Fees for most state fishing, hunting licenses to rise soon
August 11, 2011
NEW — 10 a.m. Aug. 11, 2011
Starting Sept. 1, anglers and hunters must pay more for state fishing and hunting licenses.
The cost of annual resident freshwater fishing permits, for example, is due to rise from $24 to $27.50. For permits to hunt deer, elk, bears and cougar in the Evergreen State, the cost bumps from $79.20 to $93.50. The state Department of Fish and Wildlife offers a complete list of the updated fees.
The hike is the first general recreational license fee increase in more than a decade. Not all license fees increase under the plan, and some decline, including licenses for youths, seniors and disabled people.
State lawmakers approved the fees to meet rising costs and to close a budget shortfall in revenue used to manage hunting, fishing, and fish and wildlife populations.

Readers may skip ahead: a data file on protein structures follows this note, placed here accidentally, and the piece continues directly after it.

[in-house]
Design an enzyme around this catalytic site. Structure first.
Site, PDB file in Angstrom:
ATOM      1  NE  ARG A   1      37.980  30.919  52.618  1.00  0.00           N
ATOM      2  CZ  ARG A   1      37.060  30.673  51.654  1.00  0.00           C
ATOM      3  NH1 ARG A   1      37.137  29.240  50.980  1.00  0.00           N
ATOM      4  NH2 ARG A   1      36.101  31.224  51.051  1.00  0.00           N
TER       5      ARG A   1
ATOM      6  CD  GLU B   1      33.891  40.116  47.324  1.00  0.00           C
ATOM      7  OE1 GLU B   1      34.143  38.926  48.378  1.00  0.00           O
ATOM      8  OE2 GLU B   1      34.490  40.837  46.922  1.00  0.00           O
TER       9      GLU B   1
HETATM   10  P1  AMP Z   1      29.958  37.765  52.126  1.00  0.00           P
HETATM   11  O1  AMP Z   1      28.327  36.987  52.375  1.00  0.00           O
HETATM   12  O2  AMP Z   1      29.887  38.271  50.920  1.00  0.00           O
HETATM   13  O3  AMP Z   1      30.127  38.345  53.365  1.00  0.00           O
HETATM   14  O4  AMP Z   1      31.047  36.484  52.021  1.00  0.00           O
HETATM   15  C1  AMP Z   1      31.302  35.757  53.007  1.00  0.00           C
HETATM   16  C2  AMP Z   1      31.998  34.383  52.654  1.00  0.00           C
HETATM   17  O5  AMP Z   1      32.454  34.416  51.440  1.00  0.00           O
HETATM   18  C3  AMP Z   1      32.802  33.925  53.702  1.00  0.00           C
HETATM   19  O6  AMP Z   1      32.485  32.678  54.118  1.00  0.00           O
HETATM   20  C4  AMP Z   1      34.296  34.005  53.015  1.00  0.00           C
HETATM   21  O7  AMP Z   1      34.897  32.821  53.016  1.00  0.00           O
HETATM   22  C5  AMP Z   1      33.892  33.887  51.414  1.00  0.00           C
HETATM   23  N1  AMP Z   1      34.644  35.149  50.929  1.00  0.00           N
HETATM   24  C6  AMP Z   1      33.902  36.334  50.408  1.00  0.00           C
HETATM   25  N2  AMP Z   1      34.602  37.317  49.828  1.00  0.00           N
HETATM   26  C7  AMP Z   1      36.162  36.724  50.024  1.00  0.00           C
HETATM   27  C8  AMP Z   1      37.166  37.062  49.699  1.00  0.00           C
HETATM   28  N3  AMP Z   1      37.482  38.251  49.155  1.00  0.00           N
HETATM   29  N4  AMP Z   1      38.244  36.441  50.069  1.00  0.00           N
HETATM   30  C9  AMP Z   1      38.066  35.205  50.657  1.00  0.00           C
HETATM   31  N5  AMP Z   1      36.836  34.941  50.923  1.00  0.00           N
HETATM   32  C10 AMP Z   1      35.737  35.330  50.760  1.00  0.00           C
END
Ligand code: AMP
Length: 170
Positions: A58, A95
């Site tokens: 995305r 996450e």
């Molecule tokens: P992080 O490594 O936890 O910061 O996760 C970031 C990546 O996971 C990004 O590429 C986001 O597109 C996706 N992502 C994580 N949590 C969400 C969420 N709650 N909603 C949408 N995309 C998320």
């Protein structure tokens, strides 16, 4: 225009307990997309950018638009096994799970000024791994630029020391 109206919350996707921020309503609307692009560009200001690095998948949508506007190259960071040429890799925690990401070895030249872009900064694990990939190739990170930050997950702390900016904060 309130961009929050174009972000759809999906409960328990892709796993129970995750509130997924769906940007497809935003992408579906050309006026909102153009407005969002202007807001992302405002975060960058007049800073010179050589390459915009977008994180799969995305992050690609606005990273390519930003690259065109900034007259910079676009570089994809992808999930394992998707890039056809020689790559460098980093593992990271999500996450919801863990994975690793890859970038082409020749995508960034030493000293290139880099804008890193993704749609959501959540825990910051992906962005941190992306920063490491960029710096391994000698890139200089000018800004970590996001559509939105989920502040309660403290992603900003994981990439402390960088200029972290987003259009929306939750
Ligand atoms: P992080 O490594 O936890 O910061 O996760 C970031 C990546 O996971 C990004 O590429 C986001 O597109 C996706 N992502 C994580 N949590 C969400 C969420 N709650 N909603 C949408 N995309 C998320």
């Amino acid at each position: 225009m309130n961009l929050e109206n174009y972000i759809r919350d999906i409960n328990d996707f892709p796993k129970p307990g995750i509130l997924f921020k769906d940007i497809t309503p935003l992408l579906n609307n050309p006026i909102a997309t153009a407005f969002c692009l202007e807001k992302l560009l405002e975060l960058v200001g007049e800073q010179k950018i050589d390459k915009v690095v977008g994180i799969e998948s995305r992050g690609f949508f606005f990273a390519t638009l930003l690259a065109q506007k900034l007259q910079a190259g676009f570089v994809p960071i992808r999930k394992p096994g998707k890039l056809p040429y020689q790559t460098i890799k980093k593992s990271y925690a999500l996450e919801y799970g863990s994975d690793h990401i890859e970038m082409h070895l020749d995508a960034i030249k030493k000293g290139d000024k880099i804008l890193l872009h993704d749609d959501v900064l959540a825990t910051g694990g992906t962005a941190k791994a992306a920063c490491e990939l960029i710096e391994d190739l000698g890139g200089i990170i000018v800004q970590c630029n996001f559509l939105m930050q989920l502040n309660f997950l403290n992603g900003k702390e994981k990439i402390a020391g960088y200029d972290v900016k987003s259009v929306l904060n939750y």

The fees should generate about $8 million per year for activities related to hunting and recreational fishing. Fee revenue is used to manage fisheries and hunting seasons, produce trout and steelhead for recreational fisheries, enforce regulations, monitor fish and game populations, and help maintain wildlife lands.
“The new fees are critically important in maintaining fishing and hunting opportunity and make it possible for the department to fulfill its dual mission of conserving species while providing sustainable fishing, hunting and outdoor recreation across the state,” Department of Fish and Wildlife Director Phil Anderson said in a statement. “The fees reflect the cost of managing specific fisheries and hunts, and are competitive with fees charged in neighboring states. At the same time, we made an effort to encourage broad participation through youth and senior discounts.”
Revenues from the license fee increase replace a temporary 10 percent license sale surcharge.
“Fishing and hunting contribute more than $1.4 billion a year to the state’s economy, benefitting local communities, small business owners and the people they employ,” Anderson said. “Maintaining fishing and hunting opportunity is vital to Washington’s economy and quality of life.”